{this narrative of the case is taken as much as possible from the directly agreed upon thoughts of Betty Hill}. On the night of September 19/29, 1961, Betty and Barney Hill were returning to their home in Portsmouth, New Hampshire through the White Mountains. They saw a bright object in the sky. Barney stopped the car and got out to look at it with binoculars. [Barney is at the left returning to the scene]. It reversed path and flew erratically. [This path was upon consideration geometric in nature like a continuous drawing of three-sided boxes or a square-toothed line in the air as it went forward]. They continued driving and occasionally stopping. Then the object approached the car more closely and to the front. It was flat with wrap-around windows. Barney got out and watched intently. He saw figures within the windows dressed in shiny black uniforms. Barney felt that there was some communication which terrified him and he ran back to the car laughing hysterically and saying that they were going to capture them. He rapidly drove off to the sound of close-by beeping noises directed at the car. Thirty miles further on, after not seeing the object again, they were bombarded by the same sounds. --------------------------------------------------------------------------------------------------------------------------------------They arrived home apparently without incident and Betty called her sister telling her some of the story. Her sister called a physicist who suggested that radiation be checked. She also called police who suggested the Air Force. The Pease AFB official initially thought that they're nuts, but became interested when Barney got on the phone and told details of how the object looked. ---------------------On the 21st Pease called back and said they've been working on the case. They were filing a report for Blue Book. Both Betty and Barney were pretty frightened by the experience, and, despite not being particularly interested in UFOs before--especially Barney--, became of the opinion that they have had a close UFO encounter. Barney went to the local library and checked out a book by Keyhoe. Betty, always an "action" person, wrote Keyhoe soon [the 26th] and asked him for reading suggestions. She also mentions that their fascination about this is so great now, that they want to return to the site in hopes of re-seeing the object. -----------------------Keyhoe, always the paranoid when it came to anything smelling of contact, did not immediately respond substantively. Sometime later, Dick Hall wrote to legendary field case researcher Walt Webb and asked him to look in on the incident. This was not until mid-October. Meanwhile, as of September 30th, Betty began having vivid dreams of being captured and taken on board for a physical examination. Betty wrote these down, but hid them away and did not tell Barney. And Barney remained disturbed by all this, believing that he had some kind a mental block about something that he subconsciously didn't want to remember.-----------------------------------------------------------------------------------------------------------------------------------------------------------------------------------------------------------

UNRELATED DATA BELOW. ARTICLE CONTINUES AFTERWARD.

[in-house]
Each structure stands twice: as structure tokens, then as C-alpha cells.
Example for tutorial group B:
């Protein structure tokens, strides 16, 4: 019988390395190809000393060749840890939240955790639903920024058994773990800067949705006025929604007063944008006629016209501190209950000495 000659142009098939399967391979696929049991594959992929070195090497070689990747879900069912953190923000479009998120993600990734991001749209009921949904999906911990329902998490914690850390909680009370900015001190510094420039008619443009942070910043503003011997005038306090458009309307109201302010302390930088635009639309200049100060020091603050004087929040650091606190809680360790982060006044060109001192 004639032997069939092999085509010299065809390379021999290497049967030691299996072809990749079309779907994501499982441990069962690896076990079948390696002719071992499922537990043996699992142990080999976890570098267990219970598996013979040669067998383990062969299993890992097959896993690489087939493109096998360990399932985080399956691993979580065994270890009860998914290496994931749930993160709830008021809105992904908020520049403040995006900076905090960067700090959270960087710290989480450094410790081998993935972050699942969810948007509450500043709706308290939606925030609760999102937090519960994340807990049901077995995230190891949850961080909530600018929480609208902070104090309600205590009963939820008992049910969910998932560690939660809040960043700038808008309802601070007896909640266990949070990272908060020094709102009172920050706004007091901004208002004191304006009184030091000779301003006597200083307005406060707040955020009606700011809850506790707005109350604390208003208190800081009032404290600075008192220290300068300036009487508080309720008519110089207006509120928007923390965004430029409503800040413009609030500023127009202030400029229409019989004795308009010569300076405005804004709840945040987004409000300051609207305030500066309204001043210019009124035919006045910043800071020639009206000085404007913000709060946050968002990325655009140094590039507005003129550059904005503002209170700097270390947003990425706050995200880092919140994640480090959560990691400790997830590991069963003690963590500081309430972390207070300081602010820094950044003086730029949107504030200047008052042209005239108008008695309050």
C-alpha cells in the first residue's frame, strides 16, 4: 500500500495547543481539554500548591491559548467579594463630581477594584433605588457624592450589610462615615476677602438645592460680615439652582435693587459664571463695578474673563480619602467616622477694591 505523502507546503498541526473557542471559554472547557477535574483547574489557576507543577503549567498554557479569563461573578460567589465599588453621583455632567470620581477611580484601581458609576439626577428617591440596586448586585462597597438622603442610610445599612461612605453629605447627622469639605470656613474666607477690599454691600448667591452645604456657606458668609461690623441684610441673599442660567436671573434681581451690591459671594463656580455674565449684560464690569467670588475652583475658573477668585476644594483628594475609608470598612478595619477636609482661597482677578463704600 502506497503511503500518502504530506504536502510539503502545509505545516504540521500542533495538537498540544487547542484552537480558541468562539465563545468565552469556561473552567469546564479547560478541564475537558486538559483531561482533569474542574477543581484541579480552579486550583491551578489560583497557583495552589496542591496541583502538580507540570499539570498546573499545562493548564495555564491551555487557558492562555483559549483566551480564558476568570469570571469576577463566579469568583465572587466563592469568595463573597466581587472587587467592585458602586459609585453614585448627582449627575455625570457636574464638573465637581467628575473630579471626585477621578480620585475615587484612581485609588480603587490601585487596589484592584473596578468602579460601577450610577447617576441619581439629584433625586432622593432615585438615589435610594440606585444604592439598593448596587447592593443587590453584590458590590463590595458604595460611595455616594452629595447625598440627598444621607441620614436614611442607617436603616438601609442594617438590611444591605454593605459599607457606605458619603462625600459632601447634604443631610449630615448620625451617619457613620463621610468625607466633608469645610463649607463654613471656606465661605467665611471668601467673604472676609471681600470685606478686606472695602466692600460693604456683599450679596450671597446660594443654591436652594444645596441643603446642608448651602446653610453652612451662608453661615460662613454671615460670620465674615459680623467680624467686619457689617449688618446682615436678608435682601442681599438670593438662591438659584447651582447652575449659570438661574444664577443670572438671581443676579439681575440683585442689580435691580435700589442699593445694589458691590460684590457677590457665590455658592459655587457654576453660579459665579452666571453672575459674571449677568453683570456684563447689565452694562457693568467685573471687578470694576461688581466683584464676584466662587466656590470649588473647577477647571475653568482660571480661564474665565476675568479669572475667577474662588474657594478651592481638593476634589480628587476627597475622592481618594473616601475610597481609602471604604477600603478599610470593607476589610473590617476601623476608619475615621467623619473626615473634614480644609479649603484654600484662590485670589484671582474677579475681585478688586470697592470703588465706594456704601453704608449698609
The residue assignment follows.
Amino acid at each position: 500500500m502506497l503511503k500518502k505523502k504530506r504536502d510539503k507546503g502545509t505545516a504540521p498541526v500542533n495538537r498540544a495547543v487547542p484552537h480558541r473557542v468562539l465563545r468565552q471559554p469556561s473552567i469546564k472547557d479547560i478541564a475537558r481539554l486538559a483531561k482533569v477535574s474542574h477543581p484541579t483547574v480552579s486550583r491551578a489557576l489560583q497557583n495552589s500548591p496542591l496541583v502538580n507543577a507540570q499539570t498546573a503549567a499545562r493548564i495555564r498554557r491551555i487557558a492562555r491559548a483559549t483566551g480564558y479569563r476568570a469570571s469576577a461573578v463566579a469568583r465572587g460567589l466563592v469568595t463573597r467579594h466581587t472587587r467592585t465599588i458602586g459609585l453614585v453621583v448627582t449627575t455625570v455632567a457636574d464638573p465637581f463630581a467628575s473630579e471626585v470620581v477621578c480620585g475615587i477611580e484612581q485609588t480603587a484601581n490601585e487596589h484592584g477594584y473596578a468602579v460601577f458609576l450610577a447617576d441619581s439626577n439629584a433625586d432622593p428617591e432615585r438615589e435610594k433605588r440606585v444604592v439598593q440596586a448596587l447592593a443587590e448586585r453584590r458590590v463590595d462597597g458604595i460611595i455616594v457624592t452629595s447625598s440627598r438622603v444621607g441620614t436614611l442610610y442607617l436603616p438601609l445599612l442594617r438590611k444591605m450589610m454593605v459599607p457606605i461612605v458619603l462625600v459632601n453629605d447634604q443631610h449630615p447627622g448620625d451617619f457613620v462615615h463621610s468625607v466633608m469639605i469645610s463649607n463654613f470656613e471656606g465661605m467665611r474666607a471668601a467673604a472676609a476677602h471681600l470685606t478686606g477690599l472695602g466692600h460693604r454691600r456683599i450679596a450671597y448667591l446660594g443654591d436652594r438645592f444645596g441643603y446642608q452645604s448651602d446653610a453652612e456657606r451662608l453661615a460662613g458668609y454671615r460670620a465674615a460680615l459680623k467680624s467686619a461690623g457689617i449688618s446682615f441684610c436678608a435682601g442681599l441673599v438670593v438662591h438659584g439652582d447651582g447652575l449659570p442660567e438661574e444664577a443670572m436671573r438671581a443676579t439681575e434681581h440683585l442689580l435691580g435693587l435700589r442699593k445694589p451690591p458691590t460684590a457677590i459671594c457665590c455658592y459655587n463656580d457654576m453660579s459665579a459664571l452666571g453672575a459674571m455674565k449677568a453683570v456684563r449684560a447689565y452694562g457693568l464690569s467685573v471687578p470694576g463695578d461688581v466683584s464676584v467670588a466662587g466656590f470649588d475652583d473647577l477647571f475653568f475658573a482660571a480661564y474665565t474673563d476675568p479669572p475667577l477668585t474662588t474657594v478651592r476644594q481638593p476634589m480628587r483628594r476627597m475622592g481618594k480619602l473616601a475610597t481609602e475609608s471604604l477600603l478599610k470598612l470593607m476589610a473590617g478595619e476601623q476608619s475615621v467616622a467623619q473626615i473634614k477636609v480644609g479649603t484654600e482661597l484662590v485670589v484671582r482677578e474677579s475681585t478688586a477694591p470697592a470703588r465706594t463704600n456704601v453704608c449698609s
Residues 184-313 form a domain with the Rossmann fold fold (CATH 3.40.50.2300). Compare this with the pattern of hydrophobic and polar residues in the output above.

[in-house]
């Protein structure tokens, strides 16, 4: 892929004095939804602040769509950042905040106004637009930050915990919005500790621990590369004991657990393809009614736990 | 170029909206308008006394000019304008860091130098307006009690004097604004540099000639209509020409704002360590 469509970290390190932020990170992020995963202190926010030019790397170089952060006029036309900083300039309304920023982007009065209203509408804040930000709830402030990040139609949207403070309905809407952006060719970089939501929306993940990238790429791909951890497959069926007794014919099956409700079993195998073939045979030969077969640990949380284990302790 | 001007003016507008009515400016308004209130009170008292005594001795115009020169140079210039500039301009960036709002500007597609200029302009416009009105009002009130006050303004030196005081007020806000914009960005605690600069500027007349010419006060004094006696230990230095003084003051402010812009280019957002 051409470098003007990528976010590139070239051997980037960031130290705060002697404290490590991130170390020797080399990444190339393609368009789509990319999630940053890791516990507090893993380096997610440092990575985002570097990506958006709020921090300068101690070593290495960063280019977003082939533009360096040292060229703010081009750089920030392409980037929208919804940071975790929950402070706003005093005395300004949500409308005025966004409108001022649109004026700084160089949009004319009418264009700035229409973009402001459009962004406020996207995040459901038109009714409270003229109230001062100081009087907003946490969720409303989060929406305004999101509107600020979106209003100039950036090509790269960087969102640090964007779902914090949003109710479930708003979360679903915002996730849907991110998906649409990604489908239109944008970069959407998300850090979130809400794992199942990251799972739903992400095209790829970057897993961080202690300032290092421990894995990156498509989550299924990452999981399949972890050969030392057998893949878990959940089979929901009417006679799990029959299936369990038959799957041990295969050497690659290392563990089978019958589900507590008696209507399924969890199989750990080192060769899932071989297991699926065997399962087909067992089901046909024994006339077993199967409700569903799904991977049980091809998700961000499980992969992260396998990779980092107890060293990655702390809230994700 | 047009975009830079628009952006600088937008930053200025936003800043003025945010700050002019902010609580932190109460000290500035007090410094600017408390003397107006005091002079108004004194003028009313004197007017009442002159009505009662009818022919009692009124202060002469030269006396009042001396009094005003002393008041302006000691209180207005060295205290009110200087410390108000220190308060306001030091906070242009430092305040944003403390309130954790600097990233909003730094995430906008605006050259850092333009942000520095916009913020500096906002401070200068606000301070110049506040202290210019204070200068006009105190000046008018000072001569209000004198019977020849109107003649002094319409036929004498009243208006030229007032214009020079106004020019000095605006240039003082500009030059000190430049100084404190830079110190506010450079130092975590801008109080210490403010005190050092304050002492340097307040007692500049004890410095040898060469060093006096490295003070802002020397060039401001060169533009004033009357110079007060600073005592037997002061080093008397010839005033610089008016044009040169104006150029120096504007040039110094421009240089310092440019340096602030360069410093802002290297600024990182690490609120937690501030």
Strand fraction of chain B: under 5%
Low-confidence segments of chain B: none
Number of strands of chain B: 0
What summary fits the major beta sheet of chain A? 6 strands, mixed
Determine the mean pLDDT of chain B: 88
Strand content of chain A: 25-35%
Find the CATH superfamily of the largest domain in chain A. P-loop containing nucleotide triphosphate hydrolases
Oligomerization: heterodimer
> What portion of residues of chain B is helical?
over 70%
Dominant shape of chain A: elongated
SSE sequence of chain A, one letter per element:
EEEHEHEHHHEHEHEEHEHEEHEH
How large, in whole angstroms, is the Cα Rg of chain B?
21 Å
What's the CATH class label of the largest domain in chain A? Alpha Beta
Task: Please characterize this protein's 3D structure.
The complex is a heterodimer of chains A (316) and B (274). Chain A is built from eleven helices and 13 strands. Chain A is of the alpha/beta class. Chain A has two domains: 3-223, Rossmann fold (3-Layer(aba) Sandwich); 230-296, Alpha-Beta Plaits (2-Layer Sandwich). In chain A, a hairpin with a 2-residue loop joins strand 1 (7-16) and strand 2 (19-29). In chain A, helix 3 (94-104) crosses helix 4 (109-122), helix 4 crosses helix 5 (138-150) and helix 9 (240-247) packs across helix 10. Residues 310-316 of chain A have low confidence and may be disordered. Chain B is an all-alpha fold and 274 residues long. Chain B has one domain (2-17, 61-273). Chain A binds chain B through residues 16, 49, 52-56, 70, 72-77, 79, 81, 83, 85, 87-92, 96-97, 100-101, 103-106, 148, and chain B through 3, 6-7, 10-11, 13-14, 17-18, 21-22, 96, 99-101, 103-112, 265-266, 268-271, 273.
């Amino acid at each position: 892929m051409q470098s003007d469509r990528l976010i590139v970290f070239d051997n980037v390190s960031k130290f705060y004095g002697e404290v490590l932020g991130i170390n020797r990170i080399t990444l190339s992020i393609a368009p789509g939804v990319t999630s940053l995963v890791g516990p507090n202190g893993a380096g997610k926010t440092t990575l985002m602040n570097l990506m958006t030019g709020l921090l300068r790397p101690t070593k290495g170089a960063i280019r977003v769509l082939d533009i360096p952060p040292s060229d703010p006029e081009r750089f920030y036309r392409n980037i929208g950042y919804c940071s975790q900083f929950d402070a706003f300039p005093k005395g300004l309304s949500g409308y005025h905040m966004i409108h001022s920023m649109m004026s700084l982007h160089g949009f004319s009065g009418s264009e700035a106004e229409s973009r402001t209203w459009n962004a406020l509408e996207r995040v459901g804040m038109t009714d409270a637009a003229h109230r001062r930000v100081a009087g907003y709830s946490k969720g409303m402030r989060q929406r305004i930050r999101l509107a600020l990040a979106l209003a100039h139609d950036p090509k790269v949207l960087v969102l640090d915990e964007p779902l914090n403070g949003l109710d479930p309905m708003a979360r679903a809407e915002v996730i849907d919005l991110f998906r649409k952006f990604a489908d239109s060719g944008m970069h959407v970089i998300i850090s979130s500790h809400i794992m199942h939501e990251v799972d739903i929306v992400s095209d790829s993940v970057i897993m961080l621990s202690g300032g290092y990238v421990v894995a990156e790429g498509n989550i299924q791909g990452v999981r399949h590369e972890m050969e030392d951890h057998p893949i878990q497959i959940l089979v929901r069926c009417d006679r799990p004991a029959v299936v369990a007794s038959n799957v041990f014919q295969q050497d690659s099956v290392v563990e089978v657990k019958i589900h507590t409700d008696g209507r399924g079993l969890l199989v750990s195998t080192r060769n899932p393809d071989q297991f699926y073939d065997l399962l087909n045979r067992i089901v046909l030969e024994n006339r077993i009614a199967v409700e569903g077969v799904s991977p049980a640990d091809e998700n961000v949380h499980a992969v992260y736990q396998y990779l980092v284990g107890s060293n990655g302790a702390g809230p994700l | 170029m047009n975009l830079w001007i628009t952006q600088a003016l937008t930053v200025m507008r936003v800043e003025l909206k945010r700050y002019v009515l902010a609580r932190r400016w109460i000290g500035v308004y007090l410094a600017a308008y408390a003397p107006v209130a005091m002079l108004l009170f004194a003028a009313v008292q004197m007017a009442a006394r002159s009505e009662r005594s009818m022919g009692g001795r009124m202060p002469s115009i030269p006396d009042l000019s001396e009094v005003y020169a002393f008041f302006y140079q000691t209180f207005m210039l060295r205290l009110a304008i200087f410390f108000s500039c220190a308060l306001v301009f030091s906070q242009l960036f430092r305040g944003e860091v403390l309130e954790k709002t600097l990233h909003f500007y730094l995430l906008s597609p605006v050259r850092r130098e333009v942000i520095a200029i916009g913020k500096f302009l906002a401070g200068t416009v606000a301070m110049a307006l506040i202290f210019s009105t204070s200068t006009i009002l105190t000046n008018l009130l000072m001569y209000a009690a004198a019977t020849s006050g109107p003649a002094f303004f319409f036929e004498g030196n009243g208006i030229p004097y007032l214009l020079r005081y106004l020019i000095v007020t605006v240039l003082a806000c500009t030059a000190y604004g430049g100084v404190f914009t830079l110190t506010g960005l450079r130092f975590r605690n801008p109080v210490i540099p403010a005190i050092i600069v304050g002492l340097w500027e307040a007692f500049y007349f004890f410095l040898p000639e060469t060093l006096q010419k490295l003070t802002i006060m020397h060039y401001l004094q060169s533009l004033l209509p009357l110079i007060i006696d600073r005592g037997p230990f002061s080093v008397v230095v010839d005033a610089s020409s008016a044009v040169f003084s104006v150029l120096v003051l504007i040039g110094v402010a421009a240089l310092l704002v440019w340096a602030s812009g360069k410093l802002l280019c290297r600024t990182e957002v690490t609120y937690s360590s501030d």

Walt Webb visited the Hills on October 21st. His interview went well, he liked them and vice versa, and his report was his usual thorough job. He mailed it back to Keyhoe with "case sounds like a humdinger". Keyhoe had Webb's report on his desk when he was visited by two IBM personnel. Robert Hohmann was a science/engineering writer working out of the New York area [Kingston], and C.D. Jackson was a senior engineer, working out of [apparently] Huntsville, Alabama, where Werner von Braun's rocket boys worked. The Huntsville facility was a hot bed of UFO interest in the 1950s with senior engineers speaking to the press favorably on the subject, and von Braun's mentor, Hermann Oberth, residing there twice, his opinions on the extraterrestrial nature of UFOs well known. Hohmann and Jackson had become interested in the early 1900s attempts to receive extraterrestrial signals [by Tesla, Marconi, and Todd---H&J felt that TMT had succeeded] and had become convinced about UFOs at the same time. Keyhoe, probably impressed by the IBM credentials, pointed to Webb's brand new report and let them read it. This led to them ultimately contacting the Hills and visiting them on November 25th. They got along well, and during the conversations it became apparent to H&J that there was a significant period of lost time in the narrative. That along with Barney's mental block, indicated that there was more information to be dug out. [Betty said that they knew from the beginning that their arrival home was way too late, but had not focussed on that as significant.] Sometime thereafter a good friend of the Hills from Pease suggested hypnosis to pry the info out. Nothing happens immediately though. -----------------------------------------------------Worried that maybe all this is due to illness of some kind causing hallucinations, the Hills see a doctor in early 1962. Nothing is recommended. In the summer, Barney sees a psychiatrist about on-going anxiety. Again nothing. Betty may have mentioned her "capture" dreams during a UFO talk during this time. Barney remains very disturbed and by the end of 1963, friends at Pease encourage them to undergo hypnosis to find the cause. That is when Benjamin Simon was contacted. Simon had been formerly in the military and had used hypnosis for trauma victims of war. He was then in private practice [and expensive]. He worked with the Hills [in separated sessions] for seven months, once a week, and ended every session with suggestions that they would not remember the content of the hypnosis until the treatments were over. From these sessions came, of course the classic "abduction" account that is iconic for the genre. ----------------------------------I'll not go through all of that. Briefly, it involved the involuntary taking of the Hills from their car, dragging Barney along, placing them in separate rooms of a round craft, examining them on tables, messing about with Barney's private parts, being friendly with Betty, showing her the star map, and, among other things, letting them go with the comment that they wouldn't remember. Tapes of at least some of these sessions exist and are often spectacularly emotional. Simon was perplexed. The responses were so genuine that they had to be true at least in the minds of the Hills. But the story was so far beyond his ken that it had to be false. Publicly he seemed to always be grasping for some exotic psychiatric solution to the case, while admitting that the Hills were good honest people. ----------------------------------------------------------------------------------------------------------------------------------------------------------------------------------------------------------------------------------------------------------------------------------------------------